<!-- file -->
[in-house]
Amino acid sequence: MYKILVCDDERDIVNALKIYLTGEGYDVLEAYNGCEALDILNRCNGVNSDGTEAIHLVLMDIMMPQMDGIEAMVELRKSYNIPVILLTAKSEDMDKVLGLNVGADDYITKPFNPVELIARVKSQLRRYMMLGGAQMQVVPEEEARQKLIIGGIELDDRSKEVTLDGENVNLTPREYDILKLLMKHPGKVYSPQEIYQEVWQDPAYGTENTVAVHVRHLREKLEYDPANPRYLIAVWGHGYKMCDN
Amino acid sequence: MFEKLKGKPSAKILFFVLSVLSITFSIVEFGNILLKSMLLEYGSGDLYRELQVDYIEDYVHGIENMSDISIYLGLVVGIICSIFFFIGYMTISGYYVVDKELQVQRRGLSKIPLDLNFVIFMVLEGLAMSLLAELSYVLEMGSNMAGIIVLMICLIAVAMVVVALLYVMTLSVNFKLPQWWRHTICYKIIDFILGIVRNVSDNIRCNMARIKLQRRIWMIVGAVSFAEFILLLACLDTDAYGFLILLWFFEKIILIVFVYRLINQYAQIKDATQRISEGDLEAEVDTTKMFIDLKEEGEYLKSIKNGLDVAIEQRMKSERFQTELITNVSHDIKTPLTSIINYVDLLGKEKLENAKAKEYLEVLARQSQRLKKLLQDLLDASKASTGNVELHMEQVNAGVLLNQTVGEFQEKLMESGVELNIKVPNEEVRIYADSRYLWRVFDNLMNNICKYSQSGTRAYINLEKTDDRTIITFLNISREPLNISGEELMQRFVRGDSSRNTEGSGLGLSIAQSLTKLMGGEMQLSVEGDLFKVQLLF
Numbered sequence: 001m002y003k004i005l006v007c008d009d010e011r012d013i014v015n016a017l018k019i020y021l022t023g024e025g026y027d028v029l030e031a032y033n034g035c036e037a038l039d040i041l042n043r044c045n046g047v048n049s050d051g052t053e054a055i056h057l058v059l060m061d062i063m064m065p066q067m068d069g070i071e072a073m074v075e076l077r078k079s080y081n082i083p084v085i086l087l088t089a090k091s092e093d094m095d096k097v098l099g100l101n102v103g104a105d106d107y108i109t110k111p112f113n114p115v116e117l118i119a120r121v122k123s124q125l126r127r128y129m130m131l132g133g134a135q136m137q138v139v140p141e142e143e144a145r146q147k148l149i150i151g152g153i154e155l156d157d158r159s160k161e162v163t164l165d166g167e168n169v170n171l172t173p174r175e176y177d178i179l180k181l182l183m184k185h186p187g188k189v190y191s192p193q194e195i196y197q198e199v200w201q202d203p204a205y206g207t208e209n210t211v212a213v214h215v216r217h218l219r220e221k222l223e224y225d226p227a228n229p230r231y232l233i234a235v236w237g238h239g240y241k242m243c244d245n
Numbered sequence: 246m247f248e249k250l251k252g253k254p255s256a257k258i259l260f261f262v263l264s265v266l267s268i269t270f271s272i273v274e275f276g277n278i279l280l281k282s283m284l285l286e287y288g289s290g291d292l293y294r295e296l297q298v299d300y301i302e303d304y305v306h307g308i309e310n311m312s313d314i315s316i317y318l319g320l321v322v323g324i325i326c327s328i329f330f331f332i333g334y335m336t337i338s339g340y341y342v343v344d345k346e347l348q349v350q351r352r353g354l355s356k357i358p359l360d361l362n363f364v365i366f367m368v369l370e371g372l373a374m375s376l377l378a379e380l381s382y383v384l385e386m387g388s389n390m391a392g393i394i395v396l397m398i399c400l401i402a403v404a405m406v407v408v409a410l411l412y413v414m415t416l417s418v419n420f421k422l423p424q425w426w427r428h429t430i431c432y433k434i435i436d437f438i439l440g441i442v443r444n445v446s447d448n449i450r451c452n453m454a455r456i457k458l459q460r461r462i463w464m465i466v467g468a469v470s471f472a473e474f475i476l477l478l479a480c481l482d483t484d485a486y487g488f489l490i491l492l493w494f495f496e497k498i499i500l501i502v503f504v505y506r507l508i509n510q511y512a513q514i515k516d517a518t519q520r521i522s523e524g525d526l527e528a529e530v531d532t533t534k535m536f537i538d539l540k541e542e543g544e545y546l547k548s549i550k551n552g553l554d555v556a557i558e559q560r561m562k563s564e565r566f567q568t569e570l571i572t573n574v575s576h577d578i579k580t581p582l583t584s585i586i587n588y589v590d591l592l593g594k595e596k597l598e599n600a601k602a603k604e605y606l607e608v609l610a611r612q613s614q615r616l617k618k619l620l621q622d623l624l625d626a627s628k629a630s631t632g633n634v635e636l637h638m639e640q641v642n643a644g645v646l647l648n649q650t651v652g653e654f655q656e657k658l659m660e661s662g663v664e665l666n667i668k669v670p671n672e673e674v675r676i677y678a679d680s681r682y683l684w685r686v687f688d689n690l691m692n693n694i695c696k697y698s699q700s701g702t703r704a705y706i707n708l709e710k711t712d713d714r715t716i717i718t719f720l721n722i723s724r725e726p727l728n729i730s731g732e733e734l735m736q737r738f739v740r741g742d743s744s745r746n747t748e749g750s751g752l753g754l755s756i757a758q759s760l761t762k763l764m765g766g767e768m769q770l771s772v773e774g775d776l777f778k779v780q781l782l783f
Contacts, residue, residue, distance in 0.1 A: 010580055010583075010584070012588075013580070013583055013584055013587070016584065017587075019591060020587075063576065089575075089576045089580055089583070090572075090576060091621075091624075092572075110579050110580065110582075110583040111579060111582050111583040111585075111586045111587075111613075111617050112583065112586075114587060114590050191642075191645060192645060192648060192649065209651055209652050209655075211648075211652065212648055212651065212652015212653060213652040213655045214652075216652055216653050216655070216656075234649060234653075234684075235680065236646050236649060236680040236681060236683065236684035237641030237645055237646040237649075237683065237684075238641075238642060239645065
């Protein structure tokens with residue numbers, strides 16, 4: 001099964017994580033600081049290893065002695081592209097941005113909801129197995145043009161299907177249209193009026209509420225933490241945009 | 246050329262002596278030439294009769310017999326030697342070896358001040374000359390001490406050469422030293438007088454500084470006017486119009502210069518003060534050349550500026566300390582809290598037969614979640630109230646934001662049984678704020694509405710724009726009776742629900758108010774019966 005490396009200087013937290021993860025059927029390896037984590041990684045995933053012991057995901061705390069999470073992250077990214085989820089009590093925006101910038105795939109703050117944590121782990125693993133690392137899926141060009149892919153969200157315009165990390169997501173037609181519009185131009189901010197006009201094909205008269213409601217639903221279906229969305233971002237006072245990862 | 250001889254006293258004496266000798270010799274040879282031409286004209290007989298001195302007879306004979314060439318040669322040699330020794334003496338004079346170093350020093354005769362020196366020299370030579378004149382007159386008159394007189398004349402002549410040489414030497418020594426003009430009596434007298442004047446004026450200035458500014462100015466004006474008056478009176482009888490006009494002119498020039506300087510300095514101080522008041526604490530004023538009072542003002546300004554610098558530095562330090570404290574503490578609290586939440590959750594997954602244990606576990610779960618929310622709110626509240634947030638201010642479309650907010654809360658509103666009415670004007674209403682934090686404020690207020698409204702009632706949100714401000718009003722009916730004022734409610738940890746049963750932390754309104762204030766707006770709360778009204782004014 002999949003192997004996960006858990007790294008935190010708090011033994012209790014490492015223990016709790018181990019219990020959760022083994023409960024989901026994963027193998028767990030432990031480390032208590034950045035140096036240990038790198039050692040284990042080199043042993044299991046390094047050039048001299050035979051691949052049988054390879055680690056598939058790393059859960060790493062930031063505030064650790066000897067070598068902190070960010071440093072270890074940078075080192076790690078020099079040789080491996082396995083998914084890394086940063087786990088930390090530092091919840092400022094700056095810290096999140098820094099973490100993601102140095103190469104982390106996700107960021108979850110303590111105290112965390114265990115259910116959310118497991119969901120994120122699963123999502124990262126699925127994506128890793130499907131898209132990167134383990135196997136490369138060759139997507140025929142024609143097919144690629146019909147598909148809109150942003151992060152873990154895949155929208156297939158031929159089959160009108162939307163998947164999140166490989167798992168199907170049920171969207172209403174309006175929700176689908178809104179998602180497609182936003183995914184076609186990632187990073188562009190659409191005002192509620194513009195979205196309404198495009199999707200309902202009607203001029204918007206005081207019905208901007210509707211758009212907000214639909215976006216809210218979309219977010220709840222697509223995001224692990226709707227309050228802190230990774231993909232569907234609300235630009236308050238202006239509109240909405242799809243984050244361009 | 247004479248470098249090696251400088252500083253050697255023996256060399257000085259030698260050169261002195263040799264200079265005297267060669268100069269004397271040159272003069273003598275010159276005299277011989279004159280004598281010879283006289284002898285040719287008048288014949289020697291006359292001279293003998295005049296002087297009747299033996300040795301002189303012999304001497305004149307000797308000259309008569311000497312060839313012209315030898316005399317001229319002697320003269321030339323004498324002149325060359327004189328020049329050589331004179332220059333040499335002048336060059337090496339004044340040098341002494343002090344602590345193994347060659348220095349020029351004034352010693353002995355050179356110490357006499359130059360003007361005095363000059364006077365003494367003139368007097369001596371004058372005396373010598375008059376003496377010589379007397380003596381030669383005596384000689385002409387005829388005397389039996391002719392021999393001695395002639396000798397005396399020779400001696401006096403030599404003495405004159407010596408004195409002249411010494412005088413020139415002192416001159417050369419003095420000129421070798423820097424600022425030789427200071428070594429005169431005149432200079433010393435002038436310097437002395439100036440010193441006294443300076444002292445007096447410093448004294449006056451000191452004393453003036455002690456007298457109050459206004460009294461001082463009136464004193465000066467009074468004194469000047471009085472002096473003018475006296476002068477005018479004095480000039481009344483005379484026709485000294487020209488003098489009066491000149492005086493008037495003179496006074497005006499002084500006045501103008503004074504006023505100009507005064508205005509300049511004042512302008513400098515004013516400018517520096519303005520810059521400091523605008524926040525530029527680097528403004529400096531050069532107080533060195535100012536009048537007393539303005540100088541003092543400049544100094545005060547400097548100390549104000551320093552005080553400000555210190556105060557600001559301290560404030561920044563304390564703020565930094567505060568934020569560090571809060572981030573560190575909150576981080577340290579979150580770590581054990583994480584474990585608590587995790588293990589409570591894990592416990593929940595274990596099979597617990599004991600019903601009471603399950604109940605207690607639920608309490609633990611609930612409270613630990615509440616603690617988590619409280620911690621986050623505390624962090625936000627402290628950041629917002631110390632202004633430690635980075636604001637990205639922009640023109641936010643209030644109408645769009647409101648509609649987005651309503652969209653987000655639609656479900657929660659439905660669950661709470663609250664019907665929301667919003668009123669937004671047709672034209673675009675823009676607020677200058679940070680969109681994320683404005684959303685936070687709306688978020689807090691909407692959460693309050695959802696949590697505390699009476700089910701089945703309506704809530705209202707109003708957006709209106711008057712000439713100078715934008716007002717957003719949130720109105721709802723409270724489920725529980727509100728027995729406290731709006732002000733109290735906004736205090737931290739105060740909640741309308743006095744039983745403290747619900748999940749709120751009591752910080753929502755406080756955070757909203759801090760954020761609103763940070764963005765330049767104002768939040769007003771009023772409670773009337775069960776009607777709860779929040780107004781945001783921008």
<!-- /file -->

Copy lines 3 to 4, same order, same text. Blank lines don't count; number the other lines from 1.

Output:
Amino acid sequence: MFEKLKGKPSAKILFFVLSVLSITFSIVEFGNILLKSMLLEYGSGDLYRELQVDYIEDYVHGIENMSDISIYLGLVVGIICSIFFFIGYMTISGYYVVDKELQVQRRGLSKIPLDLNFVIFMVLEGLAMSLLAELSYVLEMGSNMAGIIVLMICLIAVAMVVVALLYVMTLSVNFKLPQWWRHTICYKIIDFILGIVRNVSDNIRCNMARIKLQRRIWMIVGAVSFAEFILLLACLDTDAYGFLILLWFFEKIILIVFVYRLINQYAQIKDATQRISEGDLEAEVDTTKMFIDLKEEGEYLKSIKNGLDVAIEQRMKSERFQTELITNVSHDIKTPLTSIINYVDLLGKEKLENAKAKEYLEVLARQSQRLKKLLQDLLDASKASTGNVELHMEQVNAGVLLNQTVGEFQEKLMESGVELNIKVPNEEVRIYADSRYLWRVFDNLMNNICKYSQSGTRAYINLEKTDDRTIITFLNISREPLNISGEELMQRFVRGDSSRNTEGSGLGLSIAQSLTKLMGGEMQLSVEGDLFKVQLLF
Numbered sequence: 001m002y003k004i005l006v007c008d009d010e011r012d013i014v015n016a017l018k019i020y021l022t023g024e025g026y027d028v029l030e031a032y033n034g035c036e037a038l039d040i041l042n043r044c045n046g047v048n049s050d051g052t053e054a055i056h057l058v059l060m061d062i063m064m065p066q067m068d069g070i071e072a073m074v075e076l077r078k079s080y081n082i083p084v085i086l087l088t089a090k091s092e093d094m095d096k097v098l099g100l101n102v103g104a105d106d107y108i109t110k111p112f113n114p115v116e117l118i119a120r121v122k123s124q125l126r127r128y129m130m131l132g133g134a135q136m137q138v139v140p141e142e143e144a145r146q147k148l149i150i151g152g153i154e155l156d157d158r159s160k161e162v163t164l165d166g167e168n169v170n171l172t173p174r175e176y177d178i179l180k181l182l183m184k185h186p187g188k189v190y191s192p193q194e195i196y197q198e199v200w201q202d203p204a205y206g207t208e209n210t211v212a213v214h215v216r217h218l219r220e221k222l223e224y225d226p227a228n229p230r231y232l233i234a235v236w237g238h239g240y241k242m243c244d245n